THEFT & LAW Law Enforcement Tips

Why Should I Brand My Cattle?

By Kristin Lewis Hawkins

TSCRA Special Rangers and county law enforcement agencies strongly encourage all livestock owners to brand their cattle for the purposes of identification and proof of ownership, especially in cases of theft, estray or natural disaster. After thousands of years, branding is still used today because it’s simply the best way to identify the ownership of livestock.

Branding is also the best way for law enforcement, judges and attorneys to identify animals involved in civil or criminal investigations at the local, state and federal levels. In addition, the Texas Animal Health Commission, Texas Department of Agriculture and USDA’s Animal and Plant Health Identification Service (APHIS) can use brands for traceback in cases of animal disease.

The most common use for branding is to identify and verify ownership of cattle that have strayed or ended up somewhere they shouldn’t be. Brands are a permanent mark, unlike plastic ear tags that can be removed. Brands can also be read from a distance, so often a pair of good eyes or binoculars is all the equipment required.

Even in bright sunlight, all Angus cows can look alike, but a clear brand can help sort out who is who and what doesn’t belong in a field of similar animals.

In the case of stolen cattle, a clear, registered brand can speed up an investigation and get cattle returned to the rightful owner, usually with a minimum of fuss and confusion. Brands registered by Texas county clerk are sent to TSCRA and entered into a searchable electronic database. TSCRA market inspectors record information on all the animals that pass through livestock markets, including brands of cattle sold and seller information.

This allows TSCRA’s special rangers to determine if cattle with your brand passed through a livestock market in Texas and who brought them. However, if your cattle are just one of hundreds of unbranded 600-weight black steers that sold in a particular week, the investigation gets much more complicated.

Brand young and new animals as soon as possible. Every week you put it off is another week a thief could decide to pass on your neighbor’s branded calves and take your unbranded ones. Thieves have admitted that branded cattle are not as tempting as those that are unbranded. A brand and a blue POSTED sign are all that have changed the mind of more than one thief.

Natural disaster
In a natural disaster such as flood, fire, blizzard or storm, animals and wildlife often end up scattered miles from home. A brand can make identification of animals much easier, and paired with owner information on a plastic ear tag, can help officials coordinating disaster response and recovery during a disaster.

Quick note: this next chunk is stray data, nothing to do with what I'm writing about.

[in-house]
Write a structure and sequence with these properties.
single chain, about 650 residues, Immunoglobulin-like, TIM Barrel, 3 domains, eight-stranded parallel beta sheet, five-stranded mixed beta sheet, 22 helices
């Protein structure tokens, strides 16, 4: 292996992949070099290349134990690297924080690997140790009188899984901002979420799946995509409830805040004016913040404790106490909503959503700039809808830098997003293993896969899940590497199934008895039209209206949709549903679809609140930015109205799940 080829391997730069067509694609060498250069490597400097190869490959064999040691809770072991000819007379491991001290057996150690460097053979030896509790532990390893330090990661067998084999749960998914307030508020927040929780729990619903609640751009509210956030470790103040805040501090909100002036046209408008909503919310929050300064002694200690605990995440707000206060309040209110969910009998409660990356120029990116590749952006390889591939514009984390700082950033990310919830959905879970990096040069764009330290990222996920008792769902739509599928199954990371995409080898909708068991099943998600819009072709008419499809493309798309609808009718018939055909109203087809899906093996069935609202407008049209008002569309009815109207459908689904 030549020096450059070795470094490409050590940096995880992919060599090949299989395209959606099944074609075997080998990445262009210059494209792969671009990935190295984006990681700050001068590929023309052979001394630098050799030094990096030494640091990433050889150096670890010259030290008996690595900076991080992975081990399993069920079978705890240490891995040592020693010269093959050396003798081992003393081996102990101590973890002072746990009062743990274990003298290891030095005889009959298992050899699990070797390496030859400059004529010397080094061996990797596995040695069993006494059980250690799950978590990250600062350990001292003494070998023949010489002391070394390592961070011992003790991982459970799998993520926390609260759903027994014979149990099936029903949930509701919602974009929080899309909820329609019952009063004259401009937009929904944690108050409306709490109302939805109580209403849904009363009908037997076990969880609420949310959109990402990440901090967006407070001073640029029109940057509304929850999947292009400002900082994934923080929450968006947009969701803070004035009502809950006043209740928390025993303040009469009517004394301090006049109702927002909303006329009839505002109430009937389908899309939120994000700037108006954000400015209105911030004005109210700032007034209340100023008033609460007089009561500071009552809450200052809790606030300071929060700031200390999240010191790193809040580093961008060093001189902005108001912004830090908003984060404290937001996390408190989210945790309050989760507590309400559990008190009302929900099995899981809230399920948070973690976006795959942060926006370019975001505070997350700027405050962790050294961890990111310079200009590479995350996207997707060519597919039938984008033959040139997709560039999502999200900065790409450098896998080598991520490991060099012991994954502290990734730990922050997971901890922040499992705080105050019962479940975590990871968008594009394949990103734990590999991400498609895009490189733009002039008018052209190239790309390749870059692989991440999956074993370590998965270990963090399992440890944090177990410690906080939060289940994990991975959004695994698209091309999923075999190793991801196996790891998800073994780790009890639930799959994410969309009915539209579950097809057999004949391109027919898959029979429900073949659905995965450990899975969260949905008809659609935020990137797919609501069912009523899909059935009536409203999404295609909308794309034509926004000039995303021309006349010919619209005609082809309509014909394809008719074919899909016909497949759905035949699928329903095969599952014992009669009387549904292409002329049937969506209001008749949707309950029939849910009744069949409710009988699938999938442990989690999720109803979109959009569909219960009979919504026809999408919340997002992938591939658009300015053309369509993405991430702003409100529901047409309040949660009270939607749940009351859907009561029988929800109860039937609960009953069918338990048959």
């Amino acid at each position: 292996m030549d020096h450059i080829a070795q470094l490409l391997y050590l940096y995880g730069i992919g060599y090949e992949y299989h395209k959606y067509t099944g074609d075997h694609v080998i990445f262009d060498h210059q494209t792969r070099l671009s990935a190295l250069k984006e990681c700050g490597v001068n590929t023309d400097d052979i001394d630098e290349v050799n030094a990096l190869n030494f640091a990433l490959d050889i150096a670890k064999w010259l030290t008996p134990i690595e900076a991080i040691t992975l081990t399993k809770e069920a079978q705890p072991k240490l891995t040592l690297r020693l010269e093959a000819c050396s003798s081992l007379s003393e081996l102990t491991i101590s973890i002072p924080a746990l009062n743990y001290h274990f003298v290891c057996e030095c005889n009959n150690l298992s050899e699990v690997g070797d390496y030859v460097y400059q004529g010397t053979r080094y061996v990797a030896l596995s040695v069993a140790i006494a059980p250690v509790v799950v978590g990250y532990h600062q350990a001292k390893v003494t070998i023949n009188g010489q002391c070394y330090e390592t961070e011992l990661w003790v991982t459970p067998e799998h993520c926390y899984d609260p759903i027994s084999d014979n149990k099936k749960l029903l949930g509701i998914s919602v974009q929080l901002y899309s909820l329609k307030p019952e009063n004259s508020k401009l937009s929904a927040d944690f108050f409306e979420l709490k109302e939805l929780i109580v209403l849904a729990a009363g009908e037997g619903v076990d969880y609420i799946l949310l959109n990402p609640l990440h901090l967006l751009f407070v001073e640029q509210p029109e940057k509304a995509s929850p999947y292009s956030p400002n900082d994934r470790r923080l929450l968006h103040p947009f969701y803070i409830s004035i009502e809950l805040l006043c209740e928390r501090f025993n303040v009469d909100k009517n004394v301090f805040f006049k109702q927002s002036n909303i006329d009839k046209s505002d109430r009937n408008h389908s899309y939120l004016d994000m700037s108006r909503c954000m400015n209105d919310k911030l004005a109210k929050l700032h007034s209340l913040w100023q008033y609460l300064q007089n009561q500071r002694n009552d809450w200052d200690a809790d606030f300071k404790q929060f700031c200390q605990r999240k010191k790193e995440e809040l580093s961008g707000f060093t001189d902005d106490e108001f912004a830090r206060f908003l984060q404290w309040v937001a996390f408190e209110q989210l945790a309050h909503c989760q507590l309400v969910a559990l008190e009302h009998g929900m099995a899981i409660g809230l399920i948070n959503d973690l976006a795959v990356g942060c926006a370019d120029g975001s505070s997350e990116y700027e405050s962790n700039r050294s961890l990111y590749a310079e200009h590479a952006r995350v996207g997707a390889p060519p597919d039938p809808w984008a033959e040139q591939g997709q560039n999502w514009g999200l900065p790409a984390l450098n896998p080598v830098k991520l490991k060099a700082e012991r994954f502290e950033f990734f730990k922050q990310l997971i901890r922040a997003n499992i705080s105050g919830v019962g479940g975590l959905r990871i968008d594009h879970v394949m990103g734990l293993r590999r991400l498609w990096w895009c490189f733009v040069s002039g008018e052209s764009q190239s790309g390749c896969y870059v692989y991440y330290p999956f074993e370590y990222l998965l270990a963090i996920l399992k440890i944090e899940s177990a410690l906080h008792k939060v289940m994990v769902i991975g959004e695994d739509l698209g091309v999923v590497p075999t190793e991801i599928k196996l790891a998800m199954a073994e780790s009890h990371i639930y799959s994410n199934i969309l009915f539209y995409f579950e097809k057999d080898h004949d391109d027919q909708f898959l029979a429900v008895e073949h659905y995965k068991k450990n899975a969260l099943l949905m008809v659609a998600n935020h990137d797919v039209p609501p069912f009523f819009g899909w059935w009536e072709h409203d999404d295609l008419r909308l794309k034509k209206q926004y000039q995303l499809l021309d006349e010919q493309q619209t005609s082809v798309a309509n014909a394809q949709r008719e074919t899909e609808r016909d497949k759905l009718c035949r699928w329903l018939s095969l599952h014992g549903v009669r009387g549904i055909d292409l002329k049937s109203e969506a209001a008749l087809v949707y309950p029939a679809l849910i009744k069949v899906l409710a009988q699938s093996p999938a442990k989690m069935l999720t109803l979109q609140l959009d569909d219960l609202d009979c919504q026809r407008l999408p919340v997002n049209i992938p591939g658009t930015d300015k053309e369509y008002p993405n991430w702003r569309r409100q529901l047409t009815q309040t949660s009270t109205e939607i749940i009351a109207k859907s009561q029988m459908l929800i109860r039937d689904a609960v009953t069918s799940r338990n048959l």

“During the 2016 blizzard in the Panhandle we found a lot of cattle with names and phone numbers on the ear tags,” says TSCRA Special Ranger H.D. Brittain, District 19 in West Texas. “It was very handy and made notifying the owner or caretaker much easier. With the brand and the information on the ear tag, it made simple work of getting the cattle back home, many of which were miles from their home range.”

On a sadder note, it made notifying the owner of losses much easier, as well.

“We could document these two identifiers (brand and ear tag with owner name and phone) to use in the assistance programs sometimes offered in times of natural disasters. Nothing takes the place of the brand to determine ownership, but if you are going to use numbered ear tags, for a few cents more at least add a phone number,” Brittain said.

Other Livestock
According to the Texas Agriculture Code Chapter 144, Marks and Brands, “Each person who owns cattle, hogs, sheep or goats shall record that person’s earmarks, brands, tattoos and electronic devices with the county clerk of the county in which the animals are located.”

Horse brands must also be registered.

For more information on brands, including how to read or design a brand, please visit and

Registering Your Brand
In Texas, brands are registered at the county level. There is no statewide registry. Please contact your County Clerk Office for more information.

TSCRA does keep a digital database of current brands at for Texas livestock producers to see if a brand is registered in a certain county and to learn about the brand registration process.

Brands must be registered in the county or counties in which you operate. Every 10 years, Texas requires that brands be re-registered.

Brands must be registered in person, unless another method to submit the brand registration form has been approved by your county clerk. An application is available at, but this form must be taken to the appropriate county clerk’s office.

“Why Should I Brand My Cattle” is from the March 2017 issue of The Cattleman magazine.